Appalachia Service Project celebrates 50th year of service

Extreme Makeover Appalachia Service Project volunteers work at an ABC Extreme Makeover Home Edition project in Knoxville. The organization is celebrating its 50th anniversary this year with events in Johnson City.

On Oct. 26-27, Appalachia Service Project will hold two events in Johnson City to celebrate its 50th year of service.

First, on Friday, Oct. 26, at 6 p.m., there will be a fundraising dinner to celebrate the past and prepare for the next 50 years of ASP’s service. Join ASP for this fundraising event and supporting its mission with your gifts and support. Tickets are $100/person or $700/table of 8 people. Purchase tickets at

The second event will be held Saturday, Oct. 27, from 9:30 a.m.-4 p.m. at ASP’s headquarters. This is a free event, open to the public, but ASP asks that you RSVP ahead of time at

There will be something to do, something to see, and something to eat throughout the day, so come for the whole day, or drop by — they’d love to celebrate with you! Below is a list of activities planned:

• 9:30-10 a.m. — Coffee & pastries

• 10-11:30 a.m. — Celebration & worship in the warehouse

• Noon-1 p.m. — catered lunch

• 1-3:30 p.m. — Activities (games & activities for kids; wall building station for youth & adults; skills events — show off your expertise with hand tools & power tools; tours of ASP warehouse, office & property; ASP merchandise booth)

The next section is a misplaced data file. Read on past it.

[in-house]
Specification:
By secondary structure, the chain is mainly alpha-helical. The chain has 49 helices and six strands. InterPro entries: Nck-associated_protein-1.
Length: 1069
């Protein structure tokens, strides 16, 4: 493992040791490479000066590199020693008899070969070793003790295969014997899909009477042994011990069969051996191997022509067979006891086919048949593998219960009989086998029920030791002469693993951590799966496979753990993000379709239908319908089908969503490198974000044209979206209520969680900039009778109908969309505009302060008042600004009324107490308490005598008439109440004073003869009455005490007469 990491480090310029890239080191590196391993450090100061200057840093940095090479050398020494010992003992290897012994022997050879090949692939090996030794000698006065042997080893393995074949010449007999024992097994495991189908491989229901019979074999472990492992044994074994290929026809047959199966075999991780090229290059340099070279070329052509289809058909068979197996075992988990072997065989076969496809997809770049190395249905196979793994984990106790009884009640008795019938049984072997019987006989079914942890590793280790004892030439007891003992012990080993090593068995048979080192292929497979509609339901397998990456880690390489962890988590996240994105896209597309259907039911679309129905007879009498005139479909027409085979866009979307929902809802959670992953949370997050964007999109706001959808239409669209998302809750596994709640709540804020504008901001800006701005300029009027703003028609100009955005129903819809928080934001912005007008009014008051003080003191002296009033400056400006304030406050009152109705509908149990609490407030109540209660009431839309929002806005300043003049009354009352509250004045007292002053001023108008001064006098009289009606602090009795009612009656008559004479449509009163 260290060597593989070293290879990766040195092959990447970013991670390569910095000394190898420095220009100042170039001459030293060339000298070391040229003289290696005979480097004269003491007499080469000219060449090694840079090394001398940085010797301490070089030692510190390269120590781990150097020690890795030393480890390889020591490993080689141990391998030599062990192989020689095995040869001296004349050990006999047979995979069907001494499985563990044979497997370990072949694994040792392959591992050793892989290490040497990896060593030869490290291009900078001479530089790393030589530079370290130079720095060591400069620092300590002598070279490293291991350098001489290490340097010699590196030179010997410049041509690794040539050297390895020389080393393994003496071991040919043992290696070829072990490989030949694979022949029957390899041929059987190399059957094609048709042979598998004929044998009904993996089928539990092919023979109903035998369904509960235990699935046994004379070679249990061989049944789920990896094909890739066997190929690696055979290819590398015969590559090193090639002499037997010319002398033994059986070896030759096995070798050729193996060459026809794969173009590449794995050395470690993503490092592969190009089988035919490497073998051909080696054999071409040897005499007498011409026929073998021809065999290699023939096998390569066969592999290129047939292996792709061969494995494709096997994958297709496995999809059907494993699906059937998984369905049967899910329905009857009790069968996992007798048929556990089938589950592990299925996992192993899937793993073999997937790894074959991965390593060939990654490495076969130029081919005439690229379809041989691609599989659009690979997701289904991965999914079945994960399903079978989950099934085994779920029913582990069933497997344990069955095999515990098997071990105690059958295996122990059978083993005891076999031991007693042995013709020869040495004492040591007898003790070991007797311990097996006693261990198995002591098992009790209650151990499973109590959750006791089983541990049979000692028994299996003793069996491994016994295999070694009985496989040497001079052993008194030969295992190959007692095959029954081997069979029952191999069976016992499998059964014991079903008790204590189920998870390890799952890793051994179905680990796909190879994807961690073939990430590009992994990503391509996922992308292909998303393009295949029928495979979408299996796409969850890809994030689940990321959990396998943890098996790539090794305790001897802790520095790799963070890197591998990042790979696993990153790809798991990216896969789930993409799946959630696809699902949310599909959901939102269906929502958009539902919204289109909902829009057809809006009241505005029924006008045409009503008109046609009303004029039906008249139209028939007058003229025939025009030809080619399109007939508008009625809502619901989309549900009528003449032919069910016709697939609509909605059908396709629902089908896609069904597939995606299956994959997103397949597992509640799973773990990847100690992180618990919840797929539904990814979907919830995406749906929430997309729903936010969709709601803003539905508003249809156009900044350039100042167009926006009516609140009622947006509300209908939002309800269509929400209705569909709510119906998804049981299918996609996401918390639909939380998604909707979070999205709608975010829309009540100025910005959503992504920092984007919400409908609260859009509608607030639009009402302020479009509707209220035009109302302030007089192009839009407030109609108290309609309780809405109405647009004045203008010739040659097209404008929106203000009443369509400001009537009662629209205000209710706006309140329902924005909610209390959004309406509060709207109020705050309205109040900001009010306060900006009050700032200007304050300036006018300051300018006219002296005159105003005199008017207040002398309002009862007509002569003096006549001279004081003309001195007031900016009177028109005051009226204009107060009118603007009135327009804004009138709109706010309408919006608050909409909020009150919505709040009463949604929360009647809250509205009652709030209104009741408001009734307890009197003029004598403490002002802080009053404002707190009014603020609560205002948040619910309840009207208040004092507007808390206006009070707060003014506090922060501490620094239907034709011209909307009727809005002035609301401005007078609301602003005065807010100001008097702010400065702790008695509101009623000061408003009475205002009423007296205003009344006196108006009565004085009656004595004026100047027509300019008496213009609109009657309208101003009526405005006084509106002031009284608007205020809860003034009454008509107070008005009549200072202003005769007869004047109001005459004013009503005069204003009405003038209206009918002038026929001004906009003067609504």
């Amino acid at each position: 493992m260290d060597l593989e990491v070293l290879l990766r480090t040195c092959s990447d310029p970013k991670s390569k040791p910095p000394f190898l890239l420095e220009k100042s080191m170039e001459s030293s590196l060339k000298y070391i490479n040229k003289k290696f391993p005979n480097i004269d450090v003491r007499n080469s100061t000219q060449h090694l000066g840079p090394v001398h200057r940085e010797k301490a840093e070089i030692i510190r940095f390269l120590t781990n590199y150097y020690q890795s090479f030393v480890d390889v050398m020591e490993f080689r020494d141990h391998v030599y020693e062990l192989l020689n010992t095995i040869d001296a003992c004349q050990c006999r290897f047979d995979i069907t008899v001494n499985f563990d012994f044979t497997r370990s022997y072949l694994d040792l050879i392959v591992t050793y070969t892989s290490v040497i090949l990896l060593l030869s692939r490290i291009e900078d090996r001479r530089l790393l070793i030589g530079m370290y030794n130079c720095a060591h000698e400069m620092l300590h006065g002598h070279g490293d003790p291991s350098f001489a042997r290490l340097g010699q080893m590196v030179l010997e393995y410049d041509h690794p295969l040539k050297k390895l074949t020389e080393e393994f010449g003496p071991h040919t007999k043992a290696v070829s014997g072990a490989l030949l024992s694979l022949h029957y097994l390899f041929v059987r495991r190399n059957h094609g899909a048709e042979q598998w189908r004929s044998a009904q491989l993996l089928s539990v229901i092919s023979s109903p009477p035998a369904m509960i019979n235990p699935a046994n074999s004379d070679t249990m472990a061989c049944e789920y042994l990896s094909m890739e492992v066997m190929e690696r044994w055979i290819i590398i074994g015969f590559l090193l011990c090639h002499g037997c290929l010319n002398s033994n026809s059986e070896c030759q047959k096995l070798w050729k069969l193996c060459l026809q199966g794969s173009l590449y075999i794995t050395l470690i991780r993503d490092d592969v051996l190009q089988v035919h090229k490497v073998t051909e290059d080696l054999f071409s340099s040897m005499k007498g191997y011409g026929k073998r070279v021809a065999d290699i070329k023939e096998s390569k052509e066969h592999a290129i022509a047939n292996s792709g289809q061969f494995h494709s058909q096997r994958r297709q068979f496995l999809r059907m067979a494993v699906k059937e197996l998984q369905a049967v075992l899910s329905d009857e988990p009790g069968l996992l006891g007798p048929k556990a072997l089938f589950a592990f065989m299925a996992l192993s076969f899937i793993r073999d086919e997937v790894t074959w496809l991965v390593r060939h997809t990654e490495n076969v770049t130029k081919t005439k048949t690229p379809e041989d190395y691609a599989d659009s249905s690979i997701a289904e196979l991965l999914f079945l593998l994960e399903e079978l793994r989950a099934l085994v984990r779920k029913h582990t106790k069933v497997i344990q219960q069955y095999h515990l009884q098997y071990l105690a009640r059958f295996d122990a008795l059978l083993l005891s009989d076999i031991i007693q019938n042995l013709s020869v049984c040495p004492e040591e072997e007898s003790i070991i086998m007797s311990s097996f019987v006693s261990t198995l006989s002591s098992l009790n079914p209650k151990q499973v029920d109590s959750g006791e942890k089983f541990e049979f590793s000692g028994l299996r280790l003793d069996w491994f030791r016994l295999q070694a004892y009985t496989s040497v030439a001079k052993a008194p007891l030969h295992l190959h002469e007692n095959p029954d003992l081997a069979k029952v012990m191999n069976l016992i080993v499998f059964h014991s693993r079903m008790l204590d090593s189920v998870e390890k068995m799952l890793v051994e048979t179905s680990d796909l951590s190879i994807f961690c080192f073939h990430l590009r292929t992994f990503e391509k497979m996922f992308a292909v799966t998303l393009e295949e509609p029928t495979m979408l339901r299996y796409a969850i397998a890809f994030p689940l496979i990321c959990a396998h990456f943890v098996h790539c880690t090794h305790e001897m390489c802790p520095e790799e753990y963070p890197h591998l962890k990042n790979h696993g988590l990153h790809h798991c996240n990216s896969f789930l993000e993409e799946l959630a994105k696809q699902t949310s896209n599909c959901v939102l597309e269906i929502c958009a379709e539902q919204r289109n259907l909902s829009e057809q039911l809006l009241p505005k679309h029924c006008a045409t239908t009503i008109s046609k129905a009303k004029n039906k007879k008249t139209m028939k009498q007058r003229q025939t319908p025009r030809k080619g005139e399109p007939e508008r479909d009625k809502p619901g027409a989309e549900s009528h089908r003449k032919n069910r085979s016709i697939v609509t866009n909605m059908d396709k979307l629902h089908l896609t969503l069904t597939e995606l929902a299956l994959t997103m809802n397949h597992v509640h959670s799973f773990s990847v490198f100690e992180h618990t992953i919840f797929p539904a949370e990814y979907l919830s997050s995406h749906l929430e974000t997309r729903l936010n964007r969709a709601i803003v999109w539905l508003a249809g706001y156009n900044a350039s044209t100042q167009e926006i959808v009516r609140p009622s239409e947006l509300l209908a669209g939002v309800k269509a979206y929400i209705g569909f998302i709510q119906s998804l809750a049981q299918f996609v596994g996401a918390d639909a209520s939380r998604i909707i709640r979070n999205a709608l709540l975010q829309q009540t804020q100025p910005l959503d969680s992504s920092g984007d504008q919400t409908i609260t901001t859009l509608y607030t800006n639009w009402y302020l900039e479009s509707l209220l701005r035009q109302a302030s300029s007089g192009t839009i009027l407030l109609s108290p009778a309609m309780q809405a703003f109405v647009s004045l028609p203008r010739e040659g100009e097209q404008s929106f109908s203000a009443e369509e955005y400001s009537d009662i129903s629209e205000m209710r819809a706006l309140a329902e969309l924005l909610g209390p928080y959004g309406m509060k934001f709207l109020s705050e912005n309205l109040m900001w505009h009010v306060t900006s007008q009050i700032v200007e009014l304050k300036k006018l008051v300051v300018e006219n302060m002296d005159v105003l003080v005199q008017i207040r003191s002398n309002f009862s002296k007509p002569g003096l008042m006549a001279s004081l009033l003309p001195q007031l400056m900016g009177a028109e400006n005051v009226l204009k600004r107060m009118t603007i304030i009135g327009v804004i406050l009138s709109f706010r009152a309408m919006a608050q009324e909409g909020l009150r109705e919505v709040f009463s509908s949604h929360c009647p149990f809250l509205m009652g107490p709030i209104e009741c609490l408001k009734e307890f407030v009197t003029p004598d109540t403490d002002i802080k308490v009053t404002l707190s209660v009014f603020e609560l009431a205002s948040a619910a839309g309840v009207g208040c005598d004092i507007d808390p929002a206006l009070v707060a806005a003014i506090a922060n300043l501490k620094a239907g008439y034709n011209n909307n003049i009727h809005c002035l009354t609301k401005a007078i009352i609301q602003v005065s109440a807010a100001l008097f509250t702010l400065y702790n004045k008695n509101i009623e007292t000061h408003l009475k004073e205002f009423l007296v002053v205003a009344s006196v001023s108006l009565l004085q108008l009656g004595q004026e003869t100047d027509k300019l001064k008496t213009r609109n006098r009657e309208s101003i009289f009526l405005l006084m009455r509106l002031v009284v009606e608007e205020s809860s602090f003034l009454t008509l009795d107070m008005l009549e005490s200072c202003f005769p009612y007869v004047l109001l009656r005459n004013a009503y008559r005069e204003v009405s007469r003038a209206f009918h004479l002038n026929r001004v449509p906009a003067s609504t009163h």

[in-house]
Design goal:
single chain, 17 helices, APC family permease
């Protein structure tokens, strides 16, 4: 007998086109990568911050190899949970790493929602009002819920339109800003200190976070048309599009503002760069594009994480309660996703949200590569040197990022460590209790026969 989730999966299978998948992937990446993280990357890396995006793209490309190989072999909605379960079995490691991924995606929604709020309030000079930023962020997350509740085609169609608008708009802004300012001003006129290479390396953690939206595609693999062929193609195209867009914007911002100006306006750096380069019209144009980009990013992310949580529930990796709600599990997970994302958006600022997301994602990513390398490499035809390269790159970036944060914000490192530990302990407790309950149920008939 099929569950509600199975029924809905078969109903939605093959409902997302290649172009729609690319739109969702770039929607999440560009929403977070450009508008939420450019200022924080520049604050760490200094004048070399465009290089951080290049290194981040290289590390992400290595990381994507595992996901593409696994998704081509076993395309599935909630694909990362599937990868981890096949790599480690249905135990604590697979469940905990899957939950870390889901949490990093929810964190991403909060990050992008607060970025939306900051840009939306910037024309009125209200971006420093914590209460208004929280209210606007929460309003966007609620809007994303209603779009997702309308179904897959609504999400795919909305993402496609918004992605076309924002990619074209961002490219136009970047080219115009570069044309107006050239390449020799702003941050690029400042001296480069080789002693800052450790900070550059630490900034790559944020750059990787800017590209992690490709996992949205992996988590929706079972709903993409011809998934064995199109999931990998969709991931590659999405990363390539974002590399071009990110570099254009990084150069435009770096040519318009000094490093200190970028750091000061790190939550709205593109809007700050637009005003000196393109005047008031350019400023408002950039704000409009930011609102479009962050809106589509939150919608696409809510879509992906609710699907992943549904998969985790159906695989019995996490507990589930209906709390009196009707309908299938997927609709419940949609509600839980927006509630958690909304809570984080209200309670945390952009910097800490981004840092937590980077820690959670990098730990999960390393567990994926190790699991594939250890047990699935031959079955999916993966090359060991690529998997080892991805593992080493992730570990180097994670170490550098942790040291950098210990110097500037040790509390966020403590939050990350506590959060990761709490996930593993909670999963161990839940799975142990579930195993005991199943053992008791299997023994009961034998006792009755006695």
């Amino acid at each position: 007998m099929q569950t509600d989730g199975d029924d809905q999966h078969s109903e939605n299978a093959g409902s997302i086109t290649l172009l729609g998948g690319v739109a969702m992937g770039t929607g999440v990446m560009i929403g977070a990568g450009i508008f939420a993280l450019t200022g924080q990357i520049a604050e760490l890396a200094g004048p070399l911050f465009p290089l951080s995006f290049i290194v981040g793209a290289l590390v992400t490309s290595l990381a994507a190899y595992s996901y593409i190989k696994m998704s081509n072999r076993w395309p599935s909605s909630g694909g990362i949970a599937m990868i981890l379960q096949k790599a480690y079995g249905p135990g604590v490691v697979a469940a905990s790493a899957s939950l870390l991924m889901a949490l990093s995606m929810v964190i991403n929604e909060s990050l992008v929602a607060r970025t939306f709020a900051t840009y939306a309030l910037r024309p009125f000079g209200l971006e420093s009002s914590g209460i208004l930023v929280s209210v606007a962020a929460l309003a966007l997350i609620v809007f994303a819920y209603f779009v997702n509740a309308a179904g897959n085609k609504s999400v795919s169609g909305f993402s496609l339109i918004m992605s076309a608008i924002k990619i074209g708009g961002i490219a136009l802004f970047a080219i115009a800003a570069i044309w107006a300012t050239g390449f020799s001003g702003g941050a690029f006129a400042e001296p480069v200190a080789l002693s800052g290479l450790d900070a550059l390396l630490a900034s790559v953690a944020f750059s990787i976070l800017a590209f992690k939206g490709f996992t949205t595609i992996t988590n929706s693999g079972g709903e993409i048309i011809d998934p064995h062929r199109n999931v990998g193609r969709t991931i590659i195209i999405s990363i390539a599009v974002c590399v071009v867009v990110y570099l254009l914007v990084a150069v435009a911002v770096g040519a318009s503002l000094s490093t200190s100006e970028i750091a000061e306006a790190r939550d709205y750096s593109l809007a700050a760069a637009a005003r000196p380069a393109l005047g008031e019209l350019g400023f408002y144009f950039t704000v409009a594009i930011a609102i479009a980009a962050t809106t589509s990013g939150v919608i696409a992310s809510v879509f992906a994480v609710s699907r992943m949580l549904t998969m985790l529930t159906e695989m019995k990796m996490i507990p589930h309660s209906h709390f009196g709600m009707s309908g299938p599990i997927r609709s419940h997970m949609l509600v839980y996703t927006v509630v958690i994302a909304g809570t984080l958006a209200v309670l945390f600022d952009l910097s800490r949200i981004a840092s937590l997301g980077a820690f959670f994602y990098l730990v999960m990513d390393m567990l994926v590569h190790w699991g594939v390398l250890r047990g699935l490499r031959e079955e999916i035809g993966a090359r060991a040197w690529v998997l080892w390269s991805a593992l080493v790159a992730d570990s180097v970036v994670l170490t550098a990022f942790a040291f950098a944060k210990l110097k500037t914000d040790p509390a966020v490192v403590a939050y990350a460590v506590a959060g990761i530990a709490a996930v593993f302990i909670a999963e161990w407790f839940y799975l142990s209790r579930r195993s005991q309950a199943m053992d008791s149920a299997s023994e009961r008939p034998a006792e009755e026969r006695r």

• 3:30-4 p.m. | Alathea mini-concert

ASP President and CEO Walter Crouch said, “We are so excited to have reached this amazing milestone in our history, and want to celebrate our past and talk about our vision for the future with all those who have supported us and helped us to reach this goal. Please come out and see us, we’d love to have you!”

ASP was founded in 1969 by a United Methodist minister, Glenn “Tex” Evans, to utilize volunteers to complete major home repairs for low-income families living in Central Appalachia.

Since 1969, over 410,000 volunteers from across the nation have repaired 18,347 homes and, in the process, Appalachian families, volunteers, and staff have been immeasurably blessed.

Today, with the help of more than 15,000 volunteers each year, the group’s goal remains to make homes warmer, safer and drier for families in need. Yet ASP is more than a home-repair program.

It also provides a unique framework that fosters transformational experiences for volunteers, families served and staff — by building relationships with each other that break down cultural, social and economic barriers.

Group officials often say they hear of significant life changes resulting from the ASP experience: of families renewing their faith in the goodness of others, of people newly motivated to continue their education, of young adults choosing careers of service.